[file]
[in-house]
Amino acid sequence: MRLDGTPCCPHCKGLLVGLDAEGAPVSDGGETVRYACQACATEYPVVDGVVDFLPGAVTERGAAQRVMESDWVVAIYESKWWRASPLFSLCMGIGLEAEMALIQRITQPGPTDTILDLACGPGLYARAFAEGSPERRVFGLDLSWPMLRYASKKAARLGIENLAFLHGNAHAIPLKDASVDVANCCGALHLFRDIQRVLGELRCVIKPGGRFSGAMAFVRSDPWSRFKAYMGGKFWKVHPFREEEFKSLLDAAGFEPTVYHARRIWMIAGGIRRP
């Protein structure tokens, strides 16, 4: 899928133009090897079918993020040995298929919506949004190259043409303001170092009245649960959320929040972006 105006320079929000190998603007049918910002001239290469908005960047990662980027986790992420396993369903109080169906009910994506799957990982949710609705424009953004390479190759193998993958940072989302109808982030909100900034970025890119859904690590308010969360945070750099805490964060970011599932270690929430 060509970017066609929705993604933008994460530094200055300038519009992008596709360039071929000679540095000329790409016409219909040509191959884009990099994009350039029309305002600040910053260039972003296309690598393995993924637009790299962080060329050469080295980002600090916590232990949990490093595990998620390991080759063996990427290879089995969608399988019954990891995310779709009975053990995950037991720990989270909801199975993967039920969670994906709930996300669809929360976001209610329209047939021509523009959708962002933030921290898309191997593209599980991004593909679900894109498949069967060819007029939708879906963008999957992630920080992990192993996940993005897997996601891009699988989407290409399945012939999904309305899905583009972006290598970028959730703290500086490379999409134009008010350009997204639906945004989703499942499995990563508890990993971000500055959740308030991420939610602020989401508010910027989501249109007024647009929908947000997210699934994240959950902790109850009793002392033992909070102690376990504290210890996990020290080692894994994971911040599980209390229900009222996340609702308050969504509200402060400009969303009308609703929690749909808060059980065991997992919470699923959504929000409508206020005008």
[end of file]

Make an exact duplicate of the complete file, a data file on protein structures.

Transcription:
[in-house]
Amino acid sequence: MRLDGTPCCPHCKGLLVGLDAEGAPVSDGGETVRYACQACATEYPVVDGVVDFLPGAVTERGAAQRVMESDWVVAIYESKWWRASPLFSLCMGIGLEAEMALIQRITQPGPTDTILDLACGPGLYARAFAEGSPERRVFGLDLSWPMLRYASKKAARLGIENLAFLHGNAHAIPLKDASVDVANCCGALHLFRDIQRVLGELRCVIKPGGRFSGAMAFVRSDPWSRFKAYMGGKFWKVHPFREEEFKSLLDAAGFEPTVYHARRIWMIAGGIRRP
């Protein structure tokens, strides 16, 4: 899928133009090897079918993020040995298929919506949004190259043409303001170092009245649960959320929040972006 105006320079929000190998603007049918910002001239290469908005960047990662980027986790992420396993369903109080169906009910994506799957990982949710609705424009953004390479190759193998993958940072989302109808982030909100900034970025890119859904690590308010969360945070750099805490964060970011599932270690929430 060509970017066609929705993604933008994460530094200055300038519009992008596709360039071929000679540095000329790409016409219909040509191959884009990099994009350039029309305002600040910053260039972003296309690598393995993924637009790299962080060329050469080295980002600090916590232990949990490093595990998620390991080759063996990427290879089995969608399988019954990891995310779709009975053990995950037991720990989270909801199975993967039920969670994906709930996300669809929360976001209610329209047939021509523009959708962002933030921290898309191997593209599980991004593909679900894109498949069967060819007029939708879906963008999957992630920080992990192993996940993005897997996601891009699988989407290409399945012939999904309305899905583009972006290598970028959730703290500086490379999409134009008010350009997204639906945004989703499942499995990563508890990993971000500055959740308030991420939610602020989401508010910027989501249109007024647009929908947000997210699934994240959950902790109850009793002392033992909070102690376990504290210890996990020290080692894994994971911040599980209390229900009222996340609702308050969504509200402060400009969303009308609703929690749909808060059980065991997992919470699923959504929000409508206020005008």